Federal Plaza

Federal Plaza neighbors

Federal Plaza Vista (Spring), Chicago © 2013 Celia Her City

The south end of the Federal Plaza has recently seen an upgrade of the mechanical systems that lie beneath it.  After being closed for more than a year, it has been replanted and is again open to the public.

I like to imagine what stood on this spot in other days.  Before the squat black Mies van der Rohe post office was built, a grand old cruciform Federal Building, capped by a fancy dome, took up the whole block.  It was destroyed to make way for the present complex in the 1960s.

The buildings ringing the site—the Clark-Adams, the Com-Ed Building, and the old Marquette—seem to get along well with their new neighbor, though.  And the new plantings only enhance an already appealing scene.

Rally at 5

Political rally at Chicago's Federal Plaza, © 2013 Celia Her City

The Flamingo turned a fantastic color during a rally Wednesday.

It was great weather for a protest, mild and clear.  The rally began in the afternoon, my old office window rattling from all the noise.  It was still going on as commuters began pouring into the streets at 5.

The rally was in support of charter schools, but most passersby really had no idea, or took it for just another teachers’ rally.  There are so many protests in the Loop, and lots of agitation about the schools.

Click image to enlarge.

Bert was here

Bert was here

If Calder could know how much pleasure his sculpture gives, he’d be happy.

It’s quite poorly named.  The thing, in most lights, has few of the flamingo’s qualities.  With its squat, heavy base and monumental scale it more resembles an aardvark, or perhaps an anteater.  And the red makes one think of the Fire and a phoenix.  (Will Chicago rise from the difficulties consuming it now?)

Notwithstanding its name, the Flamingo makes a delightful frame.  It grabs your attention and holds it, prevailing against the tall bland buildings dwarfing it on all sides.  Its massive curves and primary red blast away at its surroundings—at the universe—, forcing you to take it into account in some way.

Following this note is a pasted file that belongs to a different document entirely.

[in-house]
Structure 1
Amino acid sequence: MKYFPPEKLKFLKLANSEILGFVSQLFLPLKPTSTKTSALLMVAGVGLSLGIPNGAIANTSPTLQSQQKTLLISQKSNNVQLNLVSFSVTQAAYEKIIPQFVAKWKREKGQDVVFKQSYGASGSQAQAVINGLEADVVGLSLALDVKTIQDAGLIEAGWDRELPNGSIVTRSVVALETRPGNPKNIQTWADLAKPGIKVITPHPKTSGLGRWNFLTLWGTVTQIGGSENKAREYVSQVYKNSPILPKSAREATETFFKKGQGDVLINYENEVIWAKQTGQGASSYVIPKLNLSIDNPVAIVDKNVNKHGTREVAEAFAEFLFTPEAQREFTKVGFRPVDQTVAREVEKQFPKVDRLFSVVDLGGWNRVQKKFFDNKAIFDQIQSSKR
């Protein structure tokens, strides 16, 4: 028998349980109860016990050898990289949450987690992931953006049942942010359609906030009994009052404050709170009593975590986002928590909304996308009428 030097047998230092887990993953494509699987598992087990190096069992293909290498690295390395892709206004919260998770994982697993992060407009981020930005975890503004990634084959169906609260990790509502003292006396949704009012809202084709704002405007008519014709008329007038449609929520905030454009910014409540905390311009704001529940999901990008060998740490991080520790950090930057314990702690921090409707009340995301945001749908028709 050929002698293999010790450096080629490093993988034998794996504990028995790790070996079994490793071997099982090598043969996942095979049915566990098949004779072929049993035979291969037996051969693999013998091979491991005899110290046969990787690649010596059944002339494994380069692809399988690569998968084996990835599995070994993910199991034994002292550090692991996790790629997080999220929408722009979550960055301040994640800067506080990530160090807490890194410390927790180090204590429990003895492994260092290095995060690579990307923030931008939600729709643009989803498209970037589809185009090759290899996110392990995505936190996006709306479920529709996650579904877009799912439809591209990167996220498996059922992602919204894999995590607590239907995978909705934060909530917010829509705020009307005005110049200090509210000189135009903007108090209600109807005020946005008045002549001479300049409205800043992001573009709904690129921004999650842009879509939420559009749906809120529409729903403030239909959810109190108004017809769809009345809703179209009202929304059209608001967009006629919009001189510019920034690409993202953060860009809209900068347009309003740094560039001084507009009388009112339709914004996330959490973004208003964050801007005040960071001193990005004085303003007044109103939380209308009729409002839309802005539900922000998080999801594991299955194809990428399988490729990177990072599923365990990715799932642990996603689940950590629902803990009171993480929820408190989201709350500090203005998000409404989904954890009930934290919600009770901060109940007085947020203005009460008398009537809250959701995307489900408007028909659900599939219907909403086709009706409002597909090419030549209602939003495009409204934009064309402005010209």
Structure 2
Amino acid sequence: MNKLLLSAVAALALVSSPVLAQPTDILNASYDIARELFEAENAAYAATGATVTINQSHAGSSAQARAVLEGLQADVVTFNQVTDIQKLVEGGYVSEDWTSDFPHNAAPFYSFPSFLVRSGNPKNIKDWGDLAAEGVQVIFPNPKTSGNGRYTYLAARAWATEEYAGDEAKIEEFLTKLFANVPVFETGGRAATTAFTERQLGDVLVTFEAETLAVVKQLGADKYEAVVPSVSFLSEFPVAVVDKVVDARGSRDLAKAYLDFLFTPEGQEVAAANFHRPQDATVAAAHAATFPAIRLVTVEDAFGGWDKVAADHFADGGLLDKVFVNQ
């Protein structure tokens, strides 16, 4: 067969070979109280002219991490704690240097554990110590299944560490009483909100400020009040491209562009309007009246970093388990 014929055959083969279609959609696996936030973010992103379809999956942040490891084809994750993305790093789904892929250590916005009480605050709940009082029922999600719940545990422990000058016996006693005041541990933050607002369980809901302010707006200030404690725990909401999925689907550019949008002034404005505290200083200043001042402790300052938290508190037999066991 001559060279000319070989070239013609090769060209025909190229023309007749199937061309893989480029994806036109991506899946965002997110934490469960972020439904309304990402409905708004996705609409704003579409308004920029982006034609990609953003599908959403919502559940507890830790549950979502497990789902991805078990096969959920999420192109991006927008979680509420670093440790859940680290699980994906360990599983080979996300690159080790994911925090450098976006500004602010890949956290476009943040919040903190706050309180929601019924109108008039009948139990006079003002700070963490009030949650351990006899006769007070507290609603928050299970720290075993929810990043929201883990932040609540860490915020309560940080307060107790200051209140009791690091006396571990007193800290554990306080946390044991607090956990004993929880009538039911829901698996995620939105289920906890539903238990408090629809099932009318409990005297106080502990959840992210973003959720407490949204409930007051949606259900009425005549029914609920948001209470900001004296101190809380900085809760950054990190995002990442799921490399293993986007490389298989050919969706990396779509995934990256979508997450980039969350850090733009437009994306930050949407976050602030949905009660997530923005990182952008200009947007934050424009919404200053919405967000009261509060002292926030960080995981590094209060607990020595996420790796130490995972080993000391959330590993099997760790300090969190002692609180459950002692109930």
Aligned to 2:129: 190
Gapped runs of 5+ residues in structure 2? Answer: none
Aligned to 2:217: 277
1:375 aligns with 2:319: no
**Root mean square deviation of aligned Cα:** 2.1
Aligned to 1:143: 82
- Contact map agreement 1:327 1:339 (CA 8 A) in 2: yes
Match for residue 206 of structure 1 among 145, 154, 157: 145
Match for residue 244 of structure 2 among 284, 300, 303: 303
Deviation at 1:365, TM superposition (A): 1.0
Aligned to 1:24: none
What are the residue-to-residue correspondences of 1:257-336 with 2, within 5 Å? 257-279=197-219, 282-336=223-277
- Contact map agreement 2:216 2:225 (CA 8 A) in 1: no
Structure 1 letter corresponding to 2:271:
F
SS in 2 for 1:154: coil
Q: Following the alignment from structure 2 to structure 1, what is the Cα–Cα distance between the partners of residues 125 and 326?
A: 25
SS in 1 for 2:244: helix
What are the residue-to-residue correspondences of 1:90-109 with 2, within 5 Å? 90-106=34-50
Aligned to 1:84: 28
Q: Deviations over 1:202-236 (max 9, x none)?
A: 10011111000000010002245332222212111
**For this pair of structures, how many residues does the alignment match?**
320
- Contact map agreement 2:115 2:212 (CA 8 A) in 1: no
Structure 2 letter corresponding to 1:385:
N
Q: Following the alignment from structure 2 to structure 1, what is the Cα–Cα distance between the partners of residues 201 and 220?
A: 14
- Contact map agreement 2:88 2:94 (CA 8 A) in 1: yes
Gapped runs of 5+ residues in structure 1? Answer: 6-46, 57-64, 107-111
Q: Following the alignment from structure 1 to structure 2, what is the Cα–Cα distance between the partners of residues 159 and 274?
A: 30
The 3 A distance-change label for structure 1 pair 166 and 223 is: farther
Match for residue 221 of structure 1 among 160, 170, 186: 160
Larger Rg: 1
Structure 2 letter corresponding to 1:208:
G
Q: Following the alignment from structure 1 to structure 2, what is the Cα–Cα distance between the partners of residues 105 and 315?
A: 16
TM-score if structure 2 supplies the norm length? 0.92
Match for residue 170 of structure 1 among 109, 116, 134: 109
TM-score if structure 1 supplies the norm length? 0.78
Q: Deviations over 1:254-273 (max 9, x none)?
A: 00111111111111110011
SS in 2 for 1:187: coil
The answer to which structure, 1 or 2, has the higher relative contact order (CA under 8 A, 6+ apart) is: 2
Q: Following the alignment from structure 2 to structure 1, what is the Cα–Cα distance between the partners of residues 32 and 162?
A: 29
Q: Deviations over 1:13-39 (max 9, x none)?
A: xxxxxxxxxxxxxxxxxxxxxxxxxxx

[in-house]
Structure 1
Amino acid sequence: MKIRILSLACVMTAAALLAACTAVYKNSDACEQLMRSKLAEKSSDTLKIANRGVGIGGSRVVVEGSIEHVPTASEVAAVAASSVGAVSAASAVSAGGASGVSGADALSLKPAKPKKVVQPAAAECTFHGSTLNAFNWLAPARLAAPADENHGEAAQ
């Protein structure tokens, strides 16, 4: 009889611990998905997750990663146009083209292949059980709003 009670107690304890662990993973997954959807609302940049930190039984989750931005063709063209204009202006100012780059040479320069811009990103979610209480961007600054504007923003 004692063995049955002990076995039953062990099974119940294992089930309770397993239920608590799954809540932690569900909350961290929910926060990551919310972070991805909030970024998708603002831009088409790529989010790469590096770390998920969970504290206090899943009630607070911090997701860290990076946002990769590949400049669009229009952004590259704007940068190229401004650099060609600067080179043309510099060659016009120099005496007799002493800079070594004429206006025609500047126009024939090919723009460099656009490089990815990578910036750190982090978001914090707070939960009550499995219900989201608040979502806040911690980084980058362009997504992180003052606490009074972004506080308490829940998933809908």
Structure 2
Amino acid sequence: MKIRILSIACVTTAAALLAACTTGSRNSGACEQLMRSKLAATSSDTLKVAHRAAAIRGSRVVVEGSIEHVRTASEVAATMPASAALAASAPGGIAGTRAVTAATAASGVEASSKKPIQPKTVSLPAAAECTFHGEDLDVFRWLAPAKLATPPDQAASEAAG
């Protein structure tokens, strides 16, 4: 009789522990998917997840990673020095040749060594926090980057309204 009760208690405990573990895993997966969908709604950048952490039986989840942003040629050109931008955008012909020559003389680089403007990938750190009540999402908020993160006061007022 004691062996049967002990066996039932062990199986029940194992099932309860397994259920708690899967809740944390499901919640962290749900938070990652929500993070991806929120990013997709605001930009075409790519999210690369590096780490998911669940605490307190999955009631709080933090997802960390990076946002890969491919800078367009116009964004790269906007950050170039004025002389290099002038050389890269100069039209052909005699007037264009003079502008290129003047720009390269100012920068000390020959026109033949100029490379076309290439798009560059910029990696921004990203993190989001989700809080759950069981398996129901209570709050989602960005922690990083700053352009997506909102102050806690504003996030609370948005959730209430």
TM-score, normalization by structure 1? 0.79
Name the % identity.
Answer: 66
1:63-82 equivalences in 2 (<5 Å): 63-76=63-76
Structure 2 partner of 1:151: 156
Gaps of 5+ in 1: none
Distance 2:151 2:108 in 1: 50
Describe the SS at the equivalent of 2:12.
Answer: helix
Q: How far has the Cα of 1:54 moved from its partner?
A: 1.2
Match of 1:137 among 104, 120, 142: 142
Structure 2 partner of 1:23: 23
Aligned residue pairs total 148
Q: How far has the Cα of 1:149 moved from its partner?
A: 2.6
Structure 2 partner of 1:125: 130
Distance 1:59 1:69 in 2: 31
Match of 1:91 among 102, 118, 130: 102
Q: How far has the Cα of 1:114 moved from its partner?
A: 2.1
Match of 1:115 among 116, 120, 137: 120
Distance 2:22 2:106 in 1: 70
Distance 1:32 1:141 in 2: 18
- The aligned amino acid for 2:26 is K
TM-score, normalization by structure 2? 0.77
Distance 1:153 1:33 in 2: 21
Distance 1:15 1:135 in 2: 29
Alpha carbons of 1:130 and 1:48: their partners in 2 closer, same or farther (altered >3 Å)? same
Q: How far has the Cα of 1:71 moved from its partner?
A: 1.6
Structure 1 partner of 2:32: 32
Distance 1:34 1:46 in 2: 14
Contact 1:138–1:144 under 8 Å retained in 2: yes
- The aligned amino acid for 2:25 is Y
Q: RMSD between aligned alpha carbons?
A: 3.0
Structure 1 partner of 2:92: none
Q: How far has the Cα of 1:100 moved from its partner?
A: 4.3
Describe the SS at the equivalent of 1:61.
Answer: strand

So, yes, when leaving the post office on a rainy day, I did have stop and take this picture, and consider the red bleeding into the puddles, like the fantasy land that Bert drew on the sidewalk in Mary Poppins.

This morning

Smith and Wollensky/Marina City © 2013 Celia Her City

Beneath the Corn Cobs, the tables were all set up at Smith and Wollensky, for all those lucky souls intent on steak dinners tonight.

Slumbering on North LaSalle, © 2013 Celia Her City

An organized slumberer occupied a bus shelter on North LaSalle.  What’s next, indeed.

7 eleven, © 2013 Celia Her City

The wait, © 2013 Celia Her City

A driver awaited his party outside a sleek office building.

Sequestered snow, © 2013 Celia Her City

Snow had been sequestered at one end of Federal Plaza (note nearby police).

Another morning in an American city, © 2013 Celia Her City

Another morning at the P.O., © 2013 Celia Her City

The post office, a glass oasis, filtered the action outside.

Beneath the Flamingo, their voices will rise © 2013 Celia Her City

From beneath the Flamingo, their voices will rise.  How many protests has this bird seen?

Another morning, with media, © 2013 Celia Her City

Even without seeing the big picture, you know where you are.

The cozy side of modern

Nightscape (Credit: Celia Her City)

Beyond the Calder lies a peaceful way, threading between Mies’s modern creations, past stony old skyscrapers rendered cheerful by illumination and the cloak of night.  Walk far enough, and you will travel back a century to the old el station at Quincy.  Dull enough by day, the buildings glow and turn festive, their bright dots and dashes telegraphing life in ways reminiscent of that old Georgia O’Keeffe painting.

Click image to enlarge.